By Jennifer Thomas
THURSDAY, Dec. 3 (HealthDay News) -- A new drug to treat hepatitis C has shown promise in a primate study.
The drug, called SPC3649, uses a new strategy to prevent the hepatitis C virus from replicating. Unlike other antivirals that target the virus itself, the new DNA-based drug targets a small RNA molecule in the liver that hepatitis C needs to replicate, the researchers explained.
By inhibiting the molecule, SPC3649 reduced hepatitis C virus levels in the liver and in the bloodstream in chimpanzees that received the highest dose by 350-fold.
Importantly, the virus showed no signs of resistance to SPC3649, developed by the Denmark-based company Santaris Pharma A/S. And levels of the virus remained low several months after the chimps had ended treatment, raising the possibility that the medicine would only need to be taken temporarily, the researchers added.
"It is a conceptually new approach. Instead of directly targeting the virus, the drug targeted a liver-specific molecule necessary for replication," said study author Robert Lanford, a scientist at the Southwest Foundation for Biomedical Research in San Antonio, Texas. "If we take that away from the virus, it can't replicate anymore."
Viruses replicate inside cells. Like small factories, they require all of the "machinery" inside the cell to accomplish this, explained Lanford. "The beauty of this drug is it takes away the host factor that the virus needs to replicate, and the virus cannot gain a mutation that allows it to be resistant to it."
The study appears in the Dec. 3 online edition of Science.
Hepatitis C, which is spread by contact with the blood of someone who is infected, infects the liver. About 70 percent to 80 percent of those with the virus have no symptoms initially, according to the U.S. Centers for Disease Control and Prevention. But over time, between 60 percent and 70 percent will develop chronic liver disease. Eventually, the virus can cause enough damage to the liver to lead to the formation of scar tissue, and eventually cirrhosis. The virus can also cause liver cancer.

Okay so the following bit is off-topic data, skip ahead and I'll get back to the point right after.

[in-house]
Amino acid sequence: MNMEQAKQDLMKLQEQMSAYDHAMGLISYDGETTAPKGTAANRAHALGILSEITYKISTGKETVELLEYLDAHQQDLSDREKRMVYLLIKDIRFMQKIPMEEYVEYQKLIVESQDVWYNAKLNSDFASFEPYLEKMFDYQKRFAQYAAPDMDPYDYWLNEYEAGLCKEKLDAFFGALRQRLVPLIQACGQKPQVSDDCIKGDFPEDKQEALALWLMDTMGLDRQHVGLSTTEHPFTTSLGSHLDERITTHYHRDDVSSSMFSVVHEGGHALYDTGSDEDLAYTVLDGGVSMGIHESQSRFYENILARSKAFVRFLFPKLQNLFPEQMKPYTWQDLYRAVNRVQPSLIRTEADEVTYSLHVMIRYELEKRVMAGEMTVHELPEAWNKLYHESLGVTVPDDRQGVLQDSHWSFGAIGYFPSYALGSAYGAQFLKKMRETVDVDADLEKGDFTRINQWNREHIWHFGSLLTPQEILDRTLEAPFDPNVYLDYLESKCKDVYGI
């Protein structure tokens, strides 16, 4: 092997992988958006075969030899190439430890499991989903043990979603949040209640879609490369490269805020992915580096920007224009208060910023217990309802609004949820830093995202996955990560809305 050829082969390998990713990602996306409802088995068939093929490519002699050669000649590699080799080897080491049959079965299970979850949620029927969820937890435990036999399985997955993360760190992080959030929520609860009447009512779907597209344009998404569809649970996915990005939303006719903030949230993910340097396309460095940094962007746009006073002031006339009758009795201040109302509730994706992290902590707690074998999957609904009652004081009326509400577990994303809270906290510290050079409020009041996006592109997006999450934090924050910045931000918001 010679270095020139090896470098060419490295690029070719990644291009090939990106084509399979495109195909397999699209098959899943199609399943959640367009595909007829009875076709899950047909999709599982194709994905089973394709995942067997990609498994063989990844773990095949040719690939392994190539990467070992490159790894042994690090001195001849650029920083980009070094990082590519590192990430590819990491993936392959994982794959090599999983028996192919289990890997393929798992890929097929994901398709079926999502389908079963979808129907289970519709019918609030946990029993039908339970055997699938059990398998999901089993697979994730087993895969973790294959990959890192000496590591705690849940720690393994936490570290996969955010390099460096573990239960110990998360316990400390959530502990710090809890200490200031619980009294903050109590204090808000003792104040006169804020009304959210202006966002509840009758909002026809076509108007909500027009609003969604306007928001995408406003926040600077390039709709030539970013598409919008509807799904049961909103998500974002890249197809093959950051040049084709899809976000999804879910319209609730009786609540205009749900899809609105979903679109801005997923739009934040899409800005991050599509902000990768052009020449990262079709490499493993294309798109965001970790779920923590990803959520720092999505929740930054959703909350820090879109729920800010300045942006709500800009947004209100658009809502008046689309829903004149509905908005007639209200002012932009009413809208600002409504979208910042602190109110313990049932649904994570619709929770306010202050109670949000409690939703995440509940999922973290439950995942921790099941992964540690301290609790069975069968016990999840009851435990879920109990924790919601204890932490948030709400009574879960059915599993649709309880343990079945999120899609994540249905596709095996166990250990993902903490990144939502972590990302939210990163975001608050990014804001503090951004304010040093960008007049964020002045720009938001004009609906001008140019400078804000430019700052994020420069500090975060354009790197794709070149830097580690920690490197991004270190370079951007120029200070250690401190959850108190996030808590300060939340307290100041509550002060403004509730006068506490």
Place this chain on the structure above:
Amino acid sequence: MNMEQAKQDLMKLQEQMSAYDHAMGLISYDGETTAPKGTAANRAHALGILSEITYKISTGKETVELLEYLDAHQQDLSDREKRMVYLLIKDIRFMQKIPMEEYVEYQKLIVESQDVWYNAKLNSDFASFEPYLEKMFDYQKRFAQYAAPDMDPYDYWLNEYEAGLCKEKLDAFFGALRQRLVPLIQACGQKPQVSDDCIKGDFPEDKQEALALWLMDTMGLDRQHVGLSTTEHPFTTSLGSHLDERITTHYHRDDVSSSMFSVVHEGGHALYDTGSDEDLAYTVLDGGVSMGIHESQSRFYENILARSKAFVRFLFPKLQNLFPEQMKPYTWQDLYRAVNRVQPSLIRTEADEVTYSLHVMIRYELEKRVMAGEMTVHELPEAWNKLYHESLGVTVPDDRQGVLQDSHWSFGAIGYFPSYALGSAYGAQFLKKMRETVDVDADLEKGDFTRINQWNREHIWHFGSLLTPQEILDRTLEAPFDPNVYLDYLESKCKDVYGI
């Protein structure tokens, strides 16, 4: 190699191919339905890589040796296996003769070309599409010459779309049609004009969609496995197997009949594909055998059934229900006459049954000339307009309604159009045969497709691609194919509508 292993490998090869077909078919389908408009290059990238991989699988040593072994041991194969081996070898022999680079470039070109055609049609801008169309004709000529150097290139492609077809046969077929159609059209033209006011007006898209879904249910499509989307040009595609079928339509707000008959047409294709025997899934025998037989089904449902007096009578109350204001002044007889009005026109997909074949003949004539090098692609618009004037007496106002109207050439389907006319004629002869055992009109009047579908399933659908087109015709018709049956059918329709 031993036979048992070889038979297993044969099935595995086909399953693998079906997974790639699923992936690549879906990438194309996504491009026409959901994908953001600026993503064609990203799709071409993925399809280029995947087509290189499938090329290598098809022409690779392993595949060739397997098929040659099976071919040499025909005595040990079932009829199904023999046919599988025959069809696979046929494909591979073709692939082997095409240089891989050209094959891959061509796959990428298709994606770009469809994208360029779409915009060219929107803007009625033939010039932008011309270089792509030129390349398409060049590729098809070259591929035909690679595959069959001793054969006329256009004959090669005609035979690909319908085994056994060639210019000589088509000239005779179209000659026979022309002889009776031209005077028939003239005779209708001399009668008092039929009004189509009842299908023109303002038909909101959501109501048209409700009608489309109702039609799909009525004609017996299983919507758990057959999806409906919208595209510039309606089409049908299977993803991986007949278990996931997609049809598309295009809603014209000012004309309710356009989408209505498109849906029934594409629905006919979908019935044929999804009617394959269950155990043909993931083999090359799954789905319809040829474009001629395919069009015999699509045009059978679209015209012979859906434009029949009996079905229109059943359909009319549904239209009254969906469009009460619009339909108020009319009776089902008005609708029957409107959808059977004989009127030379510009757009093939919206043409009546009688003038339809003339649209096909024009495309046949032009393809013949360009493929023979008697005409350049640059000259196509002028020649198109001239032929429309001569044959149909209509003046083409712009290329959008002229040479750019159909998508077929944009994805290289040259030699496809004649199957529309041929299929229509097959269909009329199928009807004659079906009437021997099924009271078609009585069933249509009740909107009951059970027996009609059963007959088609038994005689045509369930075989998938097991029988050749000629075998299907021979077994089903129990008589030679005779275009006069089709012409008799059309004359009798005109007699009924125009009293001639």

There are about 170 million people infected with hepatitis C worldwide, according to background information in the study. Many don't know they have it.
The standard treatment is a two-drug cocktail of interferon, which makes the immune system more effective in eradicating the virus, and ribavirin, an antiviral, which cures about half of those infected, said Dr. Bruce Bacon, director of the division of gastroenterology and hepatology at Saint Louis University and co-director of the Saint Louis University Liver Center.
However, the side effects can be grueling, including flu-like symptoms, fatigue, depression and low white blood cell counts. Some patients have to be on the drugs for about six months, while some need about a year of treatment to kick the infection, Bacon said.
For those who don't respond to the two-drug cocktail, there are few options, Lanford said. Blacks are more likely to be among those in whom the treatments do not work, possibly due to genetic factors, Lanford noted.
SPC3649 may one day replace interferon, or be combined with the other drugs to augment it, Lanford said. Some evidence indicates it may work in those who don't respond to interferon. In the study, researchers gave four infected chimps SPC3649 intravenously for 12 weeks.
While the findings are exciting, the study involved only four chimps and there's a long way to go before this drug is ready for humans, Bacon said.
"What they have shown is successful reduction in the virus and no clear evidence of resistance, which are two of the major principals that need to be achieved with new therapies," Bacon said. "But what they have to prove now is whether this is a durable response. If you take the drug away, does the patient relapse."
Secondly, better treatments for hepatitis C are on the horizon. Phase 3 trials for two new protease inhibitors are wrapping up. The drugs have the potential to increase the cure rate to 70 percent to 80 percent when added to the two-drug interferon/ribavirin cocktail, Bacon said.